While chatting with the owner of the local pumpkin patch, I learned that he gives away all of his surplus pumpkins "as soon as the season is over" - November 1. He said that by the time he gets up that morning at 8 am, all of his pumpkins are gone - picked up by locals who want inexpensive supplemental feed for their animals through the winter.
So at 5 am on November first, I nursed my infant and then left my family sleeping while I drove - sleeping - to the pumpkin patch. There was no-one else there, so I backed up to the pile of pumpkins that I wanted and started loading the truck. As I got in my truck and drove away, three trucks with horse trailers pulled in and backed up to the piles. Had I gone to get pumpkins at 6:30, I wouldn't have gotten any.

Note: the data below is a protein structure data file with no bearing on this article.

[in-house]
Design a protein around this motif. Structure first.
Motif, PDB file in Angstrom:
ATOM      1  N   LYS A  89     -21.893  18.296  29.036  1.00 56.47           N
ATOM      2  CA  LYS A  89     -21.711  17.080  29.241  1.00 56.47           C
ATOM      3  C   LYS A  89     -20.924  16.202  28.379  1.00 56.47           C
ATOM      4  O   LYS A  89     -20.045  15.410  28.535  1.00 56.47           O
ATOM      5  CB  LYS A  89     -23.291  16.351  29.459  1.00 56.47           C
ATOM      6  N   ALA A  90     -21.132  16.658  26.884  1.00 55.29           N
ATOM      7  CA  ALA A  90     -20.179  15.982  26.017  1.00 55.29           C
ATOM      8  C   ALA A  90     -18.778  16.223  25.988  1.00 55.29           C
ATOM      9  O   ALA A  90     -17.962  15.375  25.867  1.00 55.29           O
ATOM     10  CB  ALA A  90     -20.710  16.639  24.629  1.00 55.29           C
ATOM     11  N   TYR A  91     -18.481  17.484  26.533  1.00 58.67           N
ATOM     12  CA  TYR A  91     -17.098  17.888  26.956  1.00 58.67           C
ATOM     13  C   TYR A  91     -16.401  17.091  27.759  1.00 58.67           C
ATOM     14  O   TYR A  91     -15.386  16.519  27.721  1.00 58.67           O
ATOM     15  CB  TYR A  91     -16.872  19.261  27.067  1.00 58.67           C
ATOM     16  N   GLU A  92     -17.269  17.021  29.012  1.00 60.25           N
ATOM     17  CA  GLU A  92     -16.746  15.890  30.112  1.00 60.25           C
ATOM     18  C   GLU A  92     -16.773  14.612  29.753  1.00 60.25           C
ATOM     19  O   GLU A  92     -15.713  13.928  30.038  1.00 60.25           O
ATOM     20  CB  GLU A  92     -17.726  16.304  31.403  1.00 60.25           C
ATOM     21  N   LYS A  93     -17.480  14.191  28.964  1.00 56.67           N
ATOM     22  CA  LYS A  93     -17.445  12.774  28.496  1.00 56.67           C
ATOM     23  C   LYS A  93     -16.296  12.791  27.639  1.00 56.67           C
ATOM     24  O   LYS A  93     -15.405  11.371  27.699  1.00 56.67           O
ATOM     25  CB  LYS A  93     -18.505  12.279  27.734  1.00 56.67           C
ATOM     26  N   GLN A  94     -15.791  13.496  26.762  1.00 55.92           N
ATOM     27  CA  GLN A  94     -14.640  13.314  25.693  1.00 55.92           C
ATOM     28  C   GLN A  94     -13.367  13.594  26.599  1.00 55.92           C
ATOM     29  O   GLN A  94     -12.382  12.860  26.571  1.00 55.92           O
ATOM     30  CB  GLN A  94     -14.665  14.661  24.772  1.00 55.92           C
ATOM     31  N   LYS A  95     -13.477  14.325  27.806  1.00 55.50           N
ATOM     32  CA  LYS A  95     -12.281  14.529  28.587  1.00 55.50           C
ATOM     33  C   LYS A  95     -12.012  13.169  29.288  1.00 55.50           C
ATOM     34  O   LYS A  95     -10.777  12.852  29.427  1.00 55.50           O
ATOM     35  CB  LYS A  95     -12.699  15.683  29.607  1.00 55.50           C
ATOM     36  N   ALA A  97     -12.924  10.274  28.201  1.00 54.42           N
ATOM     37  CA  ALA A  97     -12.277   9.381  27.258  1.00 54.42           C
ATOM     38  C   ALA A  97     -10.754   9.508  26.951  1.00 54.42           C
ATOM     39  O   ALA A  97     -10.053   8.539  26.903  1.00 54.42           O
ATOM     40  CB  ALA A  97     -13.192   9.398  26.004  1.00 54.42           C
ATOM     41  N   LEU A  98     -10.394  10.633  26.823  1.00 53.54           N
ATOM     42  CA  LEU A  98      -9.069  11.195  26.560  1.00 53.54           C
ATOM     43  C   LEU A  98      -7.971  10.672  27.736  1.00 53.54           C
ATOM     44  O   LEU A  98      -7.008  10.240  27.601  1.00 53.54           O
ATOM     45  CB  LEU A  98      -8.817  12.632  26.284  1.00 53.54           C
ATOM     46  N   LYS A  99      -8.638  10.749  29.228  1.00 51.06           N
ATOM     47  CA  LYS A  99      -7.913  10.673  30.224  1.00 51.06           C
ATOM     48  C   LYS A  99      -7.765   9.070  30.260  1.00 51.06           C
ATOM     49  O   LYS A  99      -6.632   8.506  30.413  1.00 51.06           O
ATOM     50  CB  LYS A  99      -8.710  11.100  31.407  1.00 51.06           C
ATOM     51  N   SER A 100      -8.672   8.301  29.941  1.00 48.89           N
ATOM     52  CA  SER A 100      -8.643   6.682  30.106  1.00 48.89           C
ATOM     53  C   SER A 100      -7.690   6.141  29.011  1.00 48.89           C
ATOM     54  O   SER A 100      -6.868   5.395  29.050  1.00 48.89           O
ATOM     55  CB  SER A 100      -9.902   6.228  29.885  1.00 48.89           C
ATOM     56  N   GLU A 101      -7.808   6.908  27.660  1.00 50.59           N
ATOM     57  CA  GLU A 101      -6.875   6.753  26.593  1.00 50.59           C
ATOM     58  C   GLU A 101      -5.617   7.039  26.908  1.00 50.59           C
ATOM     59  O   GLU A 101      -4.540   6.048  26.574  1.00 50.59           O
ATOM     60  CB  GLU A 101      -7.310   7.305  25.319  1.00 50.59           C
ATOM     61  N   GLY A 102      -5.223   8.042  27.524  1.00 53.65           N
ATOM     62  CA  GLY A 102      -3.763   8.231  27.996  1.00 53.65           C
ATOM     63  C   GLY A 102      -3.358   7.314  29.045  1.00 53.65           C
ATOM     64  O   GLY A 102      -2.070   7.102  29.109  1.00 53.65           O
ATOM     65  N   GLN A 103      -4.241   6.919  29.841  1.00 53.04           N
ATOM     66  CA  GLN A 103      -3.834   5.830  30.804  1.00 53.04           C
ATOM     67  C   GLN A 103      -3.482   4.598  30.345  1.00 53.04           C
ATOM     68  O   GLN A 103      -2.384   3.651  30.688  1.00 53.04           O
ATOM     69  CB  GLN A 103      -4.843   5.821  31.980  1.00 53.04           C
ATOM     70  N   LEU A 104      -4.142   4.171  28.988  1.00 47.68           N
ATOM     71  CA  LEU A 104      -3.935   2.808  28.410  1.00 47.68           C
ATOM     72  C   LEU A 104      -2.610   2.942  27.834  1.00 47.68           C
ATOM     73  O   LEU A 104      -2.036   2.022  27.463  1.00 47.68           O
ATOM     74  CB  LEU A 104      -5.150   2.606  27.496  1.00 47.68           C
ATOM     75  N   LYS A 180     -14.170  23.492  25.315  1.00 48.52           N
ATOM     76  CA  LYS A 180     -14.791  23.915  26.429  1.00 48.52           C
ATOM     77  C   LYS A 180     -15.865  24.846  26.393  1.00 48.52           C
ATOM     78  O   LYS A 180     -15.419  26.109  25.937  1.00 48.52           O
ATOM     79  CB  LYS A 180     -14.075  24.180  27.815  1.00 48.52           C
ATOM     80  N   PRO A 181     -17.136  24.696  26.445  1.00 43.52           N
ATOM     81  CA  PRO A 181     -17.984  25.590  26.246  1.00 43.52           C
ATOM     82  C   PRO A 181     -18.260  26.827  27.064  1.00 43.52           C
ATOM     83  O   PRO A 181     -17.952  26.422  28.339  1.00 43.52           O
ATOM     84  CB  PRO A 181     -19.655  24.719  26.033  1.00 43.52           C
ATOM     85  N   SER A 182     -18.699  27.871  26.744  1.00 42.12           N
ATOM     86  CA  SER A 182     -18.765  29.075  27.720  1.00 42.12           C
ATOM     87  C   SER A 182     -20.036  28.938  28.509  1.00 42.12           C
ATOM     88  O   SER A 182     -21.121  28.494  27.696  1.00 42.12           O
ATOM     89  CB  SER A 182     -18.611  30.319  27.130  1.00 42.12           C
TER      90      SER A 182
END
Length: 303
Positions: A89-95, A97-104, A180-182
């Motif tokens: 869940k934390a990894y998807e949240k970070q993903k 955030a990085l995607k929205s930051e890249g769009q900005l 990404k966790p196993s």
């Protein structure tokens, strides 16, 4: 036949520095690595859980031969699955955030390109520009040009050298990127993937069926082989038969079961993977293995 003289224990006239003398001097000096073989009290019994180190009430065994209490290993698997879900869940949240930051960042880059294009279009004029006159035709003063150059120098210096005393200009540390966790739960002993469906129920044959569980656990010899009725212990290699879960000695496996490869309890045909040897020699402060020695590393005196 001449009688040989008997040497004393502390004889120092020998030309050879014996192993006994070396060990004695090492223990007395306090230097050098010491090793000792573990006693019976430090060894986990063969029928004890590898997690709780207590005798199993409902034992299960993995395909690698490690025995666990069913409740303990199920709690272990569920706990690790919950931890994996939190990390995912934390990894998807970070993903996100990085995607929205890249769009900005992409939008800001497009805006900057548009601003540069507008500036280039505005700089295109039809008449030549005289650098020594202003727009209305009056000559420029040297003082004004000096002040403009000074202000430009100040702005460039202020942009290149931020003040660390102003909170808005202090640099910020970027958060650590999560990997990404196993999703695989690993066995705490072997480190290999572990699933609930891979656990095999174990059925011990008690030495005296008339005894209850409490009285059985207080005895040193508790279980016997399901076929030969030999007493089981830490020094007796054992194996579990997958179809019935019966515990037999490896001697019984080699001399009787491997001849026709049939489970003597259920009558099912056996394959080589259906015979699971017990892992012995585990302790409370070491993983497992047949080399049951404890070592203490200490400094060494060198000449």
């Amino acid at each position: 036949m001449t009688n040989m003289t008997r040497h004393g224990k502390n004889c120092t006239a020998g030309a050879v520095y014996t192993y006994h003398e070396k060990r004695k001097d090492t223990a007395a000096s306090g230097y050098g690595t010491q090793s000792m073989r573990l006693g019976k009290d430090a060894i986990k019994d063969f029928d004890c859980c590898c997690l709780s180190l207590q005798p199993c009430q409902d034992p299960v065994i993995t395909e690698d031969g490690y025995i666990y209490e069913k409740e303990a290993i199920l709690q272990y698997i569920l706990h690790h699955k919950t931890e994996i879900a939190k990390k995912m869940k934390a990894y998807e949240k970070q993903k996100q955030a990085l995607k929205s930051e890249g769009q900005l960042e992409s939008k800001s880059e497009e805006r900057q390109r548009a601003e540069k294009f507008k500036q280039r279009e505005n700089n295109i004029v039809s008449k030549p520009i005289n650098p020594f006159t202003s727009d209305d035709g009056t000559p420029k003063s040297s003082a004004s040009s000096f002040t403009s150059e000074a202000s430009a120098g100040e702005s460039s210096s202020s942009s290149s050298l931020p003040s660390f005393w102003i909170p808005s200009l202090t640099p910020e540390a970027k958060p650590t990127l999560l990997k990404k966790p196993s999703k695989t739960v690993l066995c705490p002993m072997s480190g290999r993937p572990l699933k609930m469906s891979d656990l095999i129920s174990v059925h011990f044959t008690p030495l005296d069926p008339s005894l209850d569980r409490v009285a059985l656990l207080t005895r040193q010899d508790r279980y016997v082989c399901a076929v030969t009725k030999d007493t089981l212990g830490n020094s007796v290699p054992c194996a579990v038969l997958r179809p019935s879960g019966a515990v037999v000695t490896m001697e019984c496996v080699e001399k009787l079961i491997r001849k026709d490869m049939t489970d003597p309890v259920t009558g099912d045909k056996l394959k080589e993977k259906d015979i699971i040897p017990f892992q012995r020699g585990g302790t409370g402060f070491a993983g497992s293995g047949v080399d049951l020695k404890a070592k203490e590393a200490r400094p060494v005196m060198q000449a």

I know, I know. You expected more, didn't you? That's a lot more than it looks like, I just couldn't balance them well any higher.
When we got home, my girls helped me unload the truck.
I separated them into two piles - good, solid pumpkins that will last and bruised, soft, punctured pumpkins. Any with cracks went straight over the fence to the goats. They loved them. Then my husband's sheep discovered them. Should the animals belonging to the one who got to sleep in profit from my early morning work? ... Somebody had to watch the kids, I guess. And the sheep do love them.